Skip to content

How to understand and work with journalists

Understanding how the media works and the pressures it is under can help you build stronger relationships with journalists.

The 24/7 rolling news agenda demands a constant stream of content. At the same time, editorial teams and budgets have been cut. Therefore, journalists must produce more stories with fewer resources. Rather than view this as a challenge, forward-thinking organisations can see this as an opportunity.  

The immediacy and volume of required news content can be overwhelming. So, journalists and editors frequently look to external organisations for help and insight on what’s happening, who is saying and doing what, and how society is responding.  

Journalists also need a steady supply of data, comments and case studies. This can provide openings for press officers – particularly those who can find a new angle on a current story, can quickly turn around a relevant blog and have extensive social media networks which can be used to source information and share stories.  

Different types of journalists have different demands. Understanding the nuances between print, digital and broadcast media should inform your PR plan and influence your results. And knowing the target audiences and preferred angles of each outlet will help you pick the right title to craft and pitch your stories accordingly.  

Included within this is knowing who the best person is to build a relationship with – it might not necessarily be the editor or person in front of the camera. Often, people behind the scenes can be your most important allies in getting your stories out there. So, who are they? 

Here is a helpful who’s who in the media landscape 

1. Editor/editor-in-chief 

The most senior journalist, responsible for its entire editorial output. Only pitch to the editor if the magazine is small with few staff.  

2. Deputy editor 

Often more hands-on than the editor, with a key role in forward planning, commissioning and hiring.  

3. Assistant editor/associate editor 

Senior editors who might have responsibility for a particular section of the magazine.  

4. Contributing editor 

Often freelance, they mainly contribute ideas, articles and – importantly – contacts. 

5. Features editor/commissioning editor 

Responsible for coming up with story ideas and finding writers to produce them.  

6. News and feature writers 

These writers are the first port of call for news stories and feature ideas. Get them on side, and they can pitch your story to the team.  

7. Sales/Business development  

The team to speak to about sponsorship and advertising opportunities.  

Digital media as above but with the additions of:  

8. Online editor 

Similar role as ‘editor’ above but focusing purely on digital content. 

9. Community manager 

Responsible for the management of the brand’s online content channels, driving and directing community conversation in areas such as lifestyle blogs, news and reviews, forum areas etc.  

10. Social producer 

Responsible for social media feeds, this person will also create content for a publication to grow its follower base and levels of engagement.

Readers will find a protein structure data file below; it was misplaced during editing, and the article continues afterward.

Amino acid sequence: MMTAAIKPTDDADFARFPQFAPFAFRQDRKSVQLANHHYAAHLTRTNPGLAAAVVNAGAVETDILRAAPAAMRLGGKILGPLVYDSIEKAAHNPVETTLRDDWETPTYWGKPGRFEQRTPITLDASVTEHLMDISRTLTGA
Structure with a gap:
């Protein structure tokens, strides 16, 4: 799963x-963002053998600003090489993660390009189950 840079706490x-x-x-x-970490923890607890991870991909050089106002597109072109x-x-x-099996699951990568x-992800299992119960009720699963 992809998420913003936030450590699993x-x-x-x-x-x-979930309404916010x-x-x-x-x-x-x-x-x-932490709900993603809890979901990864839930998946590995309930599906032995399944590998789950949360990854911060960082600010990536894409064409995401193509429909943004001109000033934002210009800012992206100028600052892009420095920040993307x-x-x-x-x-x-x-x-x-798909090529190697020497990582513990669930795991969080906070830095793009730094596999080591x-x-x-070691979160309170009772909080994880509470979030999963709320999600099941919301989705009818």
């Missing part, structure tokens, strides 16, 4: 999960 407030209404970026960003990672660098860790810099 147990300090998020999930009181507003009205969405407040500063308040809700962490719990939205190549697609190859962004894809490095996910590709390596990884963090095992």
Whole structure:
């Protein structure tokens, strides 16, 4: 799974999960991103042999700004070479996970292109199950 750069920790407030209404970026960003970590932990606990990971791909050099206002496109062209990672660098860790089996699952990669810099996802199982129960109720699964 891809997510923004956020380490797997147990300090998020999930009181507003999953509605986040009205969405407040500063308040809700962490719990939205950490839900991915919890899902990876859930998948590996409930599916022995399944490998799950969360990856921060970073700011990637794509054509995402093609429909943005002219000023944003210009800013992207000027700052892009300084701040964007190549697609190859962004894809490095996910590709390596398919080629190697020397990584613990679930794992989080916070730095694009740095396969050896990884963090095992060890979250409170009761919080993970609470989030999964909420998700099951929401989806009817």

Broadcast media  

11. Editor 

The editor is responsible for the programme as a whole. They manage the budget, the staff, the talent, check for inaccuracies, influence content decisions.  

12. Output editor 

They’ll choose the lead story and the running order, choose the guests, and the way stories are treated.  

13. Producer 

Oversees all aspects of a tv programme, similar to an editor in the print media. 

14. Associate/assistant producers

Can be useful contact to influence the producer.   

15. Planner 

Manages the forward planning diary and co-ordinates with the news team. Get on their contacts list.  

16. Newsreader 

They are usually journalists who have worked their way up through the ranks. Their job is as much about reading the news as it is about handling situations that go wrong.  

17. Journalist 

Journalists collect, verify and analyse information about news and events and present that information in an accurate, impartial and balanced way.  

And finally, don’t forget about freelancers. They are usually well connected, know what editors are looking for and will have multiple stories on the go at any one time.

In a nutshell

Journalists are always under pressure to find new and interesting content and information to build loyalty with their audiences.

Before you approach a journalist, know who they write for and what sort of content and information they prefer. Understand the nuances between print, digital and broadcast media.

Understanding who to approach in a media organisation is as important as bringing the right sort of content

When you make your pitch, present your idea efficiently and effectively. Finding a new angle on current stories; ensure you can quickly turn around a relevant blog; and have extensive social media networks around which content can be shared.

Once you’ve sold your story, meet the brief provided, particularly the deadline. And don’t overpromise. If you can’t deliver, be honest.



More like this

Want to manage risk and avoid a comms crisis?

Are you prepared to defend your organisation's greatest asset - its reputation? Preparation is the key to averting a crisis or turning a challenge into an opportunity. Here Vic Barlow, Agenda co-director, explains how we can help.

2 min read